Project Lead(s): Megan Coffee
Disruptive factors – whether social or environmental – prevent the daily administration of medications for patients on HIV treatment and tuberculosis DOTS (Directly Observed Treatment, Short Course).
In Haiti, after the 2010 earthquake, housing was disrupted for many patients who had to live in tents and temporary housing, and/or were forced to move every few days or weeks.
In such an environment, relying on community workers to track and deliver medications daily was not a feasible strategy.
The Ti Kay Haiti Tuberculosis Adherence Program provides resources to assist patients when disruptions may interrupt treatment.
The Patient Adherence System used an innovative, peer-based approach to supporting patients struggling to take their daily medications, by having ex-patients call new patients to check in and discuss concerns. This peer influence, buttressed by the work of trained counselors, ensures patients are taking their medications properly.
The tracking of patient appointments is done through a database created by Ti Kay volunteers. This database is able to quickly generate lists of patients who have missed appointments, and provide the list to patient callers or role models. When these patients cannot be reached over the telephone or do not come for an appointment, outreach counselors are used.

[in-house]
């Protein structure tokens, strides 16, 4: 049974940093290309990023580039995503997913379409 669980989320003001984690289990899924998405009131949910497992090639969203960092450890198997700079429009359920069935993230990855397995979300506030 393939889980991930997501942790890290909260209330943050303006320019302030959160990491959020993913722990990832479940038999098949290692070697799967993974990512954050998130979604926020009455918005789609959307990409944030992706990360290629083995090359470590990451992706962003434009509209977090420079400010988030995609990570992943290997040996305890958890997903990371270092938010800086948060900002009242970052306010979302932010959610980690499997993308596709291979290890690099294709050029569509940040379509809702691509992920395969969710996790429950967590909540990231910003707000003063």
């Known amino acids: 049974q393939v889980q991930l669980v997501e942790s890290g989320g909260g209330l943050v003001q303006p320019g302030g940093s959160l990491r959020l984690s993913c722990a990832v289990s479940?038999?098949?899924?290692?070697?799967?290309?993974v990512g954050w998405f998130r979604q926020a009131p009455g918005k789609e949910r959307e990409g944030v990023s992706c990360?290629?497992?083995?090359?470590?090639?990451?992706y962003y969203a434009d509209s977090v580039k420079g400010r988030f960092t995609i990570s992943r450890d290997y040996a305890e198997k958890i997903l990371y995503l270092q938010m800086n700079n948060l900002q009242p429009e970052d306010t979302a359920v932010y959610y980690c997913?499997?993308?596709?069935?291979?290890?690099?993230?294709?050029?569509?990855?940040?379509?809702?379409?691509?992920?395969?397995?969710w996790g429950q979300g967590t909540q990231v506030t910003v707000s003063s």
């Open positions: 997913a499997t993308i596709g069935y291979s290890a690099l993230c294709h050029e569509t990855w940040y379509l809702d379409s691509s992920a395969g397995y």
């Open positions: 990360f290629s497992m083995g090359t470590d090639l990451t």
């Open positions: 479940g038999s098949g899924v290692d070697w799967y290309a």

Results showed the feasibility of using peer support to enhance treatment adherence in internally displaced TB patients.
Forty patients were enrolled in the program as callers to provide peer support.
Peer support of treatment adherence resulted in 85% of patients in the study being on schedule to complete their TB medication regimen (643 patients completed TB treatment on time), despite these patients being the most critically ill patients living under highly disrupted conditions.
The final tally of patients who completed treatment could not be determined during the study because of the long time-period required to complete the TB treatment regimen.
In the future, Ti Kay hopes to find an alternative location to create an inpatient care facility.